Steve James, a famed documentary filmmaker, longtime Oak Parker and parent of OPRF graduates, was given the OK last week to make his next film at, and about, Oak Park and River Forest High School. More specifically, James’ focus will be on academic equity, what we have previously called the achievement gap, what we know is the disturbing split between many black and white students in what they accomplish academically.
Permission was granted by a basically unanimous vote of the school board at OPRF. There were dissenting voices in Supt. Steven Isoye and some faculty. And while we understand their reluctance and some specific concerns, we admire the brave choice made by the school board.
Whenever doors are opened to journalists, and OPRF’s will be wide open to filmmakers throughout the next school year, there are worries about a loss of control over the message. But in James’ capable hands, OPRF board members clearly felt the final product will be fair. And fair is, ultimately, all that one can seek in a journalistic effort.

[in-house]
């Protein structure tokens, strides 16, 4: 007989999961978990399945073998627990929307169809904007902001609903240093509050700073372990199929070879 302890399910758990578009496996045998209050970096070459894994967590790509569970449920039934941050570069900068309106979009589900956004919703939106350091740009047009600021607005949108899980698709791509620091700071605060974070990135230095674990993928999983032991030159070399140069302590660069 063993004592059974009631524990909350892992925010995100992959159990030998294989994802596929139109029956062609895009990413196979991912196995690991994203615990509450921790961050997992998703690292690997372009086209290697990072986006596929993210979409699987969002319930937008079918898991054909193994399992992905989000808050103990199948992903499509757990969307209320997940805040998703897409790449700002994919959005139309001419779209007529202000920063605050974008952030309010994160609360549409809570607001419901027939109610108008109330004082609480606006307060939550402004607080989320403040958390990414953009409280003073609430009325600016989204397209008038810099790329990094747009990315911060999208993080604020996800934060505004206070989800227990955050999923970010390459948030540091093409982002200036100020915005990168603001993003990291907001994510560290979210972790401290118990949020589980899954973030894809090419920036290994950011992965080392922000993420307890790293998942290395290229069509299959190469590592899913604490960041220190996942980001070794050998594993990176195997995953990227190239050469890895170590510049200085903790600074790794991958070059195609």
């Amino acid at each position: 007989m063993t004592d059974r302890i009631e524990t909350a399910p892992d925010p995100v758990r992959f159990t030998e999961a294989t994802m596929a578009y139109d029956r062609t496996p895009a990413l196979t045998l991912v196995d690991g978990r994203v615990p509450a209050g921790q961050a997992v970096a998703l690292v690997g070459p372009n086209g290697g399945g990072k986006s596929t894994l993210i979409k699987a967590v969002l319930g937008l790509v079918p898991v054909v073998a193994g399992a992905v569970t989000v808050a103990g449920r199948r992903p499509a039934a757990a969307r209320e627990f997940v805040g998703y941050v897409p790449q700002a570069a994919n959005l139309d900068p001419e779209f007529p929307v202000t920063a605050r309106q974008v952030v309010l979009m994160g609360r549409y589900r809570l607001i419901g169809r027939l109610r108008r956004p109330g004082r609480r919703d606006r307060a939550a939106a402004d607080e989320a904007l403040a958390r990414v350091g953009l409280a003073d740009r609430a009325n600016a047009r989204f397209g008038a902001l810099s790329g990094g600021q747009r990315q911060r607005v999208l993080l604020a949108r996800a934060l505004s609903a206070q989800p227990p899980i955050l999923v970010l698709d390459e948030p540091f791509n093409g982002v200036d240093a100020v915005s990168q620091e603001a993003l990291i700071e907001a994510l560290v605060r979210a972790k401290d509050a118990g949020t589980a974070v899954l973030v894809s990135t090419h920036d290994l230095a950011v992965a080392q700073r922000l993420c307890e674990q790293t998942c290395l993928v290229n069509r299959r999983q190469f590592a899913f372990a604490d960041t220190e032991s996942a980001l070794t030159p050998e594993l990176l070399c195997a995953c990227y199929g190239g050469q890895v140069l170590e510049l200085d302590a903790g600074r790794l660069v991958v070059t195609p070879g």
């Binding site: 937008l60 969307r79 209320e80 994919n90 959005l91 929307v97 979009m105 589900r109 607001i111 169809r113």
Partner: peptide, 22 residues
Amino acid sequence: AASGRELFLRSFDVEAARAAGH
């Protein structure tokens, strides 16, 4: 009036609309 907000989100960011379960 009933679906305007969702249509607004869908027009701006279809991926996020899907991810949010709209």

School board President John Phelan has said he hopes the film (potentially a TV mini-series) might help OPRF find solutions to the entrenched gap issues. For his part, Isoye said Thursday evening that OPRF does not need help finding solutions, that there is research that can provide solutions.
We’d respectfully suggest that both are wrong. Solutions will not become obvious from a documentary. Conversely, if the research exists to set this school and these villages on the path to closing this gap, then why has there not been notable progress?
Instead, we see value in this effort as a means of moving our communities past, and well beyond, the safe talk, the indulgent talk, the boasting talk, the talking past one another, the talking with disrespect and only shallow understanding. Forty-five years into this experiment with racial integration, Oak Park and River Forest do not talk squarely about race, class, culture. For heaven sakes, the school community nearly had a stroke a few weeks back over a 90-minute assembly intended to let black kids talk openly about their experiences!
If Steve James is going to film for a year, let’s give him something to record. Let’s give him a school and a community that is actively grappling with the gap, not infighting and not blowing kisses to our overwritten past successes.